Reading Between The Lines Part 1
This comes in answer to a request from Elisabeth Rose, to give tips on spotting fake journalism. In the UK we downgraded the quality of journalism in the late ’80s by allowing Rupert Murdoch to trample over reporters’ rights. Traditionally stories are fully sourced within the first two paragraphs. That is, at least two names are checked who provided the information.
This was changed to single source reporting, which effectively means any hack can make anything up. It doesn’t happen in the USA broadsheets, where facts are rigorously checked. (Watch the New Yorker show on Netflix to see them checking facts rigorously.)
Here’s an example of what happens in a UK tabloid. ‘Kim Kardashion is putting on weight. A close friend says; ‘She’s obsessed about her weight and very upset about her extra pounds’. There is no ‘close friend’. The hack is safe because the opinion is obvious and anodyne. What chance is there that someone like Kardashian wouldn’t be upset? If the weight gain is on record it’s fair game.
Here’s what Reuters has to say about single sources;
‘Stories based on a single, anonymous source should be the exception and require approval by an immediate supervisor, such as a bureau chief or editor in charge. The supervisor must be satisfied that the source is authoritative. If there are any questions about a single-source story, the supervisor should escalate the matter…Factors to be taken into account include the source’s track record and the reporter’s track record.’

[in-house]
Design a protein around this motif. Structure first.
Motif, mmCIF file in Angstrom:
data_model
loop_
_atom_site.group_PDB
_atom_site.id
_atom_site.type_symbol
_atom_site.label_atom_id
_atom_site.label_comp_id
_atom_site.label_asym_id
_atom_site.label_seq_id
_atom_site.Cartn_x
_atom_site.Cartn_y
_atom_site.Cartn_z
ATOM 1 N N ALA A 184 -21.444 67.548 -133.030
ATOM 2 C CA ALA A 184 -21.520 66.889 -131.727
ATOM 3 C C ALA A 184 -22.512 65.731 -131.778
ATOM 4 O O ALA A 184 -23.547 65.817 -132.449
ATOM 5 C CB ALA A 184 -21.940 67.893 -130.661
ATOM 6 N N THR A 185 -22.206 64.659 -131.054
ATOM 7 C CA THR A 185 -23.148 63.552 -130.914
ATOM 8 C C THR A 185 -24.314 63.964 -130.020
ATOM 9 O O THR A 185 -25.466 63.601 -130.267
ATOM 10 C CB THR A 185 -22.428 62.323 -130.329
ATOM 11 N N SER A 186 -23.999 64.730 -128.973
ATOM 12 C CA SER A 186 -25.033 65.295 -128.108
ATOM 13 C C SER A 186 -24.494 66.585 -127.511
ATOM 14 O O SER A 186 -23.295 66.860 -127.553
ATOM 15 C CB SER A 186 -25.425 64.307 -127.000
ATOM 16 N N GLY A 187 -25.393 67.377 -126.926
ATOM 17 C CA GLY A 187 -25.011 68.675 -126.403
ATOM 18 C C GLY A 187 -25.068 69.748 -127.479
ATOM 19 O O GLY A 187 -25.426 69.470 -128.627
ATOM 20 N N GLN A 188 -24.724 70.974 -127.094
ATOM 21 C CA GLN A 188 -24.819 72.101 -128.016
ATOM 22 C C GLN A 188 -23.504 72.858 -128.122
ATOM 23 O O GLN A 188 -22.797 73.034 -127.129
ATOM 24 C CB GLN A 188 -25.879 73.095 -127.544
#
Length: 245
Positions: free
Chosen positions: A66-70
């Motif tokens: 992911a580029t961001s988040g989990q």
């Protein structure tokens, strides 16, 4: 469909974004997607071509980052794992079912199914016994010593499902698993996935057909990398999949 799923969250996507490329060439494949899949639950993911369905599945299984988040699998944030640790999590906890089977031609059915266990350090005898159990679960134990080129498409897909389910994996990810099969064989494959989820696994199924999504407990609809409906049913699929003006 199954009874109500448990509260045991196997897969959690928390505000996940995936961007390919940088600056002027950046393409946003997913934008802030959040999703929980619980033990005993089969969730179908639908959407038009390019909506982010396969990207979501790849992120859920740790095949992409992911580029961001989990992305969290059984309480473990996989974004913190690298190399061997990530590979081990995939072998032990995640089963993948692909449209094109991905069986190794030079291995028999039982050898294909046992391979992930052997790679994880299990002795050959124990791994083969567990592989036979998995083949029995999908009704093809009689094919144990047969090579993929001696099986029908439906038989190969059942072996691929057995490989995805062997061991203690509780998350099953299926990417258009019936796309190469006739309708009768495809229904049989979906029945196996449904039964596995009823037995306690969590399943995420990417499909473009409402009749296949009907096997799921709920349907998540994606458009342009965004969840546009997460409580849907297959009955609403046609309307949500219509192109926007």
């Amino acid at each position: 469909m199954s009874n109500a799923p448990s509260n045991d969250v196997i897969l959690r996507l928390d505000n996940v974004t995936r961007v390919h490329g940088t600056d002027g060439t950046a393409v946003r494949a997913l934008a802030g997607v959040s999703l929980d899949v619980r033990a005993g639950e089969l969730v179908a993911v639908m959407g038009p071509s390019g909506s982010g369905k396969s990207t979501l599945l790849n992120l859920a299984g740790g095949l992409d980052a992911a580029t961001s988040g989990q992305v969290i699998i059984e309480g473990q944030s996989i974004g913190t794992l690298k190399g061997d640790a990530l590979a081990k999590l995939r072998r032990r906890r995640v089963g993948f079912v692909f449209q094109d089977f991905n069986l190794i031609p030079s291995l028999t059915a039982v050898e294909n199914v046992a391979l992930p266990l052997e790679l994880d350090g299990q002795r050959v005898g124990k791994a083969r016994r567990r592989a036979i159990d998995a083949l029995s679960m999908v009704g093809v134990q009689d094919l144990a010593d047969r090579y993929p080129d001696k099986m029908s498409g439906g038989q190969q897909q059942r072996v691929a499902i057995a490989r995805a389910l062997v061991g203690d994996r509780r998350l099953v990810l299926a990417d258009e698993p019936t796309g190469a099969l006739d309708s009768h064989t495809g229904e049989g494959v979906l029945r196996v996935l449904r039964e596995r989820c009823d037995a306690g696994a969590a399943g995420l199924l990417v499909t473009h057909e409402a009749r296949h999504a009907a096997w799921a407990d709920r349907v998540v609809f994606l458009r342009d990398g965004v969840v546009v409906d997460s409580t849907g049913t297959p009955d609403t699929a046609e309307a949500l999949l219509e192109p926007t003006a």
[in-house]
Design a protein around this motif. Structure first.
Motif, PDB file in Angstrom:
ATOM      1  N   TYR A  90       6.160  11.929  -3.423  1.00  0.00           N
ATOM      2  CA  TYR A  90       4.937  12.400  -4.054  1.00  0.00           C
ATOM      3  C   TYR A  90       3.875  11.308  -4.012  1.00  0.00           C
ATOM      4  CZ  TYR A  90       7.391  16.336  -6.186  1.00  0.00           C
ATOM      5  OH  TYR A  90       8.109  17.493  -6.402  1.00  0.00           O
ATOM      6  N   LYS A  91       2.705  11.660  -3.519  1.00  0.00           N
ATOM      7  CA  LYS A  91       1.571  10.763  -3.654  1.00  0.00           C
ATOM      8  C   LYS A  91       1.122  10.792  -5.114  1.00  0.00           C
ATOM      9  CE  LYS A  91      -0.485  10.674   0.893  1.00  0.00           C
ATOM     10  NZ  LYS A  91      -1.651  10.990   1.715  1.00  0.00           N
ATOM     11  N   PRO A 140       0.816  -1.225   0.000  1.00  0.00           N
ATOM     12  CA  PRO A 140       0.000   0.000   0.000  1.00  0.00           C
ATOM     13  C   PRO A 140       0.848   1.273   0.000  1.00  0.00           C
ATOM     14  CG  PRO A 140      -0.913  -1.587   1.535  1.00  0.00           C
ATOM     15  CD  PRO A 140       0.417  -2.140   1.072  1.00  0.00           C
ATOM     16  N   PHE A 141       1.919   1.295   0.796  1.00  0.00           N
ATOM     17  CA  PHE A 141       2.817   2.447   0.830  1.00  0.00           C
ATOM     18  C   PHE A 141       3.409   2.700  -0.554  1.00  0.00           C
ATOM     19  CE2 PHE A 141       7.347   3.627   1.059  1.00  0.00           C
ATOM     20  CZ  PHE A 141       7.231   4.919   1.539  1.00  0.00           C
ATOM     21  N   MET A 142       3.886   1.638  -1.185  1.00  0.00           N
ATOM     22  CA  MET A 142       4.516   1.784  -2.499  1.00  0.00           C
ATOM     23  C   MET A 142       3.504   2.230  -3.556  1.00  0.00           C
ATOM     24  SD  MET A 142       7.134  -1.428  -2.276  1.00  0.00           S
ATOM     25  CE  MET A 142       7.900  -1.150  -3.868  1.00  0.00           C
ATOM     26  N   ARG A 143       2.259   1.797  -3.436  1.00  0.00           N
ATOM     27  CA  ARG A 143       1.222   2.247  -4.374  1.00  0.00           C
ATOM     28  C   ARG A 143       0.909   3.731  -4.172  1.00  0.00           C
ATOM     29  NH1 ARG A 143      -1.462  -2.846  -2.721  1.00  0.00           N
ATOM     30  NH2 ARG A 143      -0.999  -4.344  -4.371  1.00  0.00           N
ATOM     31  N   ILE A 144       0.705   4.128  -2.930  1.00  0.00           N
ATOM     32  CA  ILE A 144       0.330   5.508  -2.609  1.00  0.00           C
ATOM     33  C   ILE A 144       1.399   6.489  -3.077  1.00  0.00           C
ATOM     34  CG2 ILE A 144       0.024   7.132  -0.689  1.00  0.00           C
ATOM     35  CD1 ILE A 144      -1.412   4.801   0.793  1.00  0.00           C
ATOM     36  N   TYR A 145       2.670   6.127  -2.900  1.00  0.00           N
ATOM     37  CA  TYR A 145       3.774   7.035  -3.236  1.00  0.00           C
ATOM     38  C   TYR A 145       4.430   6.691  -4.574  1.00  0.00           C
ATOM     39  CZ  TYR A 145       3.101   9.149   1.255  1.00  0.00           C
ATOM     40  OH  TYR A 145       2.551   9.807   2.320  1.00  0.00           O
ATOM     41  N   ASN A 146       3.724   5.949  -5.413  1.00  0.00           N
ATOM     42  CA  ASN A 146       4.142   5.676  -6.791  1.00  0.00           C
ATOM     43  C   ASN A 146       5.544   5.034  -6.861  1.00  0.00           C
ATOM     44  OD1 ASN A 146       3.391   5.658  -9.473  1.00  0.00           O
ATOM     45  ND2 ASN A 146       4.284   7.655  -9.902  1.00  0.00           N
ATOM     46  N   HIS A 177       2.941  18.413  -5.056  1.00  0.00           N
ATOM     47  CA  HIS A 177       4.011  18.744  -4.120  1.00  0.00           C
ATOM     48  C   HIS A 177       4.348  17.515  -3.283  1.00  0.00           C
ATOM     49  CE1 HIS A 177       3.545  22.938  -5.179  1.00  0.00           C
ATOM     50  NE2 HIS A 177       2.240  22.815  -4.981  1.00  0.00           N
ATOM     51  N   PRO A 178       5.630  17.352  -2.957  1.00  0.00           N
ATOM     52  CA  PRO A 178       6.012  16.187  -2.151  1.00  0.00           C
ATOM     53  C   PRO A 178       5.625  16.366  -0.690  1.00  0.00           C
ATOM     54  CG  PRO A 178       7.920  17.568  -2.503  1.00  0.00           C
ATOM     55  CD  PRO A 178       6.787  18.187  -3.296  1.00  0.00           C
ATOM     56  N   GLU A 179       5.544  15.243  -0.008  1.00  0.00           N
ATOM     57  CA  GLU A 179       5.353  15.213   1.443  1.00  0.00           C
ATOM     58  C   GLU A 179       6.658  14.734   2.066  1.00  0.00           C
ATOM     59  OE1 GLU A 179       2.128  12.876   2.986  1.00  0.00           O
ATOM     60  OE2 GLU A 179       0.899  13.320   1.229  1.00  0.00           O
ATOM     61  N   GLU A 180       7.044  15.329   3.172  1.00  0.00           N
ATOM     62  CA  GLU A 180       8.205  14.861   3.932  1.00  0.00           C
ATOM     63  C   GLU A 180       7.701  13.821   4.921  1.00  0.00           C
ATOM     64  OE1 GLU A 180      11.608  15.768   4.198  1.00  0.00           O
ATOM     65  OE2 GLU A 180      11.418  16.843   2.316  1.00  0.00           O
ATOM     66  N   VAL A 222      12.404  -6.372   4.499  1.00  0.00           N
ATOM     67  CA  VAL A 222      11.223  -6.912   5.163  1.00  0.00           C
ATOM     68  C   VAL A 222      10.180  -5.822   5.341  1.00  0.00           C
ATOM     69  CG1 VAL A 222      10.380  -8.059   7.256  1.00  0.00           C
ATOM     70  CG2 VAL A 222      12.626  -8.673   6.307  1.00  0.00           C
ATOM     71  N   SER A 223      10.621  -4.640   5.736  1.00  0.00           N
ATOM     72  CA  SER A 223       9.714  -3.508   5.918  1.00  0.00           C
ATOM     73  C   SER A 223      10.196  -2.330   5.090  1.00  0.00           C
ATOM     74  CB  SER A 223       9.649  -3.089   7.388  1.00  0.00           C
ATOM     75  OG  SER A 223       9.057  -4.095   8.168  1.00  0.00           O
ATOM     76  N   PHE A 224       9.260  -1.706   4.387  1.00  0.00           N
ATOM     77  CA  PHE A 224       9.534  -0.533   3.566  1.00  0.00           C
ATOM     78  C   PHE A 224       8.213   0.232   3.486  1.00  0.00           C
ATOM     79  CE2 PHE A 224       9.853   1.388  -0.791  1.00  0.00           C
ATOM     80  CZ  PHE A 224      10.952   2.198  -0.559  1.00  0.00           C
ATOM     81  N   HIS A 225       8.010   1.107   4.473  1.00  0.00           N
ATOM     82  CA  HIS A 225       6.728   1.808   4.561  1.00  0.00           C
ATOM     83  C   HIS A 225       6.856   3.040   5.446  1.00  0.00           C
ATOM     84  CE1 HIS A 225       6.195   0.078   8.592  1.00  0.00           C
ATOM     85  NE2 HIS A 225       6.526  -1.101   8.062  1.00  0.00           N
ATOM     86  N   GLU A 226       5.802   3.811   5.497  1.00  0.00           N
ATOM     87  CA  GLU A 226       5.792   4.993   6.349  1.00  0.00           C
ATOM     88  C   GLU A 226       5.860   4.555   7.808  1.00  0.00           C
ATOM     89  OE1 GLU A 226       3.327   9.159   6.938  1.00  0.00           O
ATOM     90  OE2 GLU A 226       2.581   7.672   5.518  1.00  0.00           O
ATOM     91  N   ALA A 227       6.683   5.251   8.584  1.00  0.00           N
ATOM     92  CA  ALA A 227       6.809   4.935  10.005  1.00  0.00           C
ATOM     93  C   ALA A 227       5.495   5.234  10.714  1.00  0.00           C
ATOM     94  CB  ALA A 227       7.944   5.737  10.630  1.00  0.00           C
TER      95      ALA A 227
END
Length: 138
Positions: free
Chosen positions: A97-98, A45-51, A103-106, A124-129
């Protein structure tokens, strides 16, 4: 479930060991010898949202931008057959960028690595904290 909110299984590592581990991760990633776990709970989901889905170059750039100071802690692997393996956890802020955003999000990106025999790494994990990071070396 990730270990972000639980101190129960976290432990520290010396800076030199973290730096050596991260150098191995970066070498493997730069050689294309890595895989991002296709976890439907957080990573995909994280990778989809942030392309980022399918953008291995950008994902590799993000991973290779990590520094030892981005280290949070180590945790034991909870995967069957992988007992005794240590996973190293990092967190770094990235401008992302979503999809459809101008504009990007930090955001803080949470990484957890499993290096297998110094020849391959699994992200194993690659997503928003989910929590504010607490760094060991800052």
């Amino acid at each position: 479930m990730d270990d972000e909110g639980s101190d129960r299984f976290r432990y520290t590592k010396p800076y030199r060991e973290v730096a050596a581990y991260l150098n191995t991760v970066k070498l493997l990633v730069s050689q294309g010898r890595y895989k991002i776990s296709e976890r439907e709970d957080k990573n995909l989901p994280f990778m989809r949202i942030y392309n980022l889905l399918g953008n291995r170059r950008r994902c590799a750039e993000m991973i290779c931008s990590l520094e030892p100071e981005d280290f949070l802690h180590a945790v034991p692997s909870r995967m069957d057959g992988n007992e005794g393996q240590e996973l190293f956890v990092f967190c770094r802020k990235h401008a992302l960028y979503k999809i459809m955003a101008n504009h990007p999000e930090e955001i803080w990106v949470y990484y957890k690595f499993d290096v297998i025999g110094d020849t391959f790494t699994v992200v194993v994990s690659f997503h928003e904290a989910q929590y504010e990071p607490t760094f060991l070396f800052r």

This dictum has been vastly abused and debased by British tabloids like the Sun, Mail and Express.
Many stories are copied down verbatim from press releases. I can spot a story knocked together this way in seconds. Often they use dollars as a global standard of monetary units and don’t bother to translate the data into GBP.
Another one to watch out for in all papers is Charity Data Day. These are the annual or semi-annual dates when anyone sends out their data to raise money and awareness. It’s usually for a good cause. World Aids Day is December 6th, so you can expect alarming data in the week preceding that date.
This is not a bad thing – it’s a good cause delivering important news, but some organisations with less integrity abuse this arrangement by delivering spurious data with a separate agenda behind it. Oil companies will find good news in green initiatives (repeating their name in the first paragraph) and Christian groups will provide alarming data about abortions. Identities get hidden behind acronyms.
Well, that’s no surprise, but it goes way deeper. Companies that have investments in sugar-drinks will create fears about our water. Remember Coca-Cola’s dodgy ‘pure water’ Dasani, manufactured in Sidcup, South London? It was tap water containing a carcinogen.
Coca-Cola recalled half a million bottles and pulled the brand from the UK market after public denunciations. But it only came about because there was a fun news story attached to it. In an episode of ‘Only Fools and Horses’, the boys try to sell bottled water from Peckham. That was what made good copy.
Papers don’t change their spots; if it has a history of misreporting like the Mail, or of blurring opinion and fact like the Express, or is simply nonsense like Fox, it’s still doing it.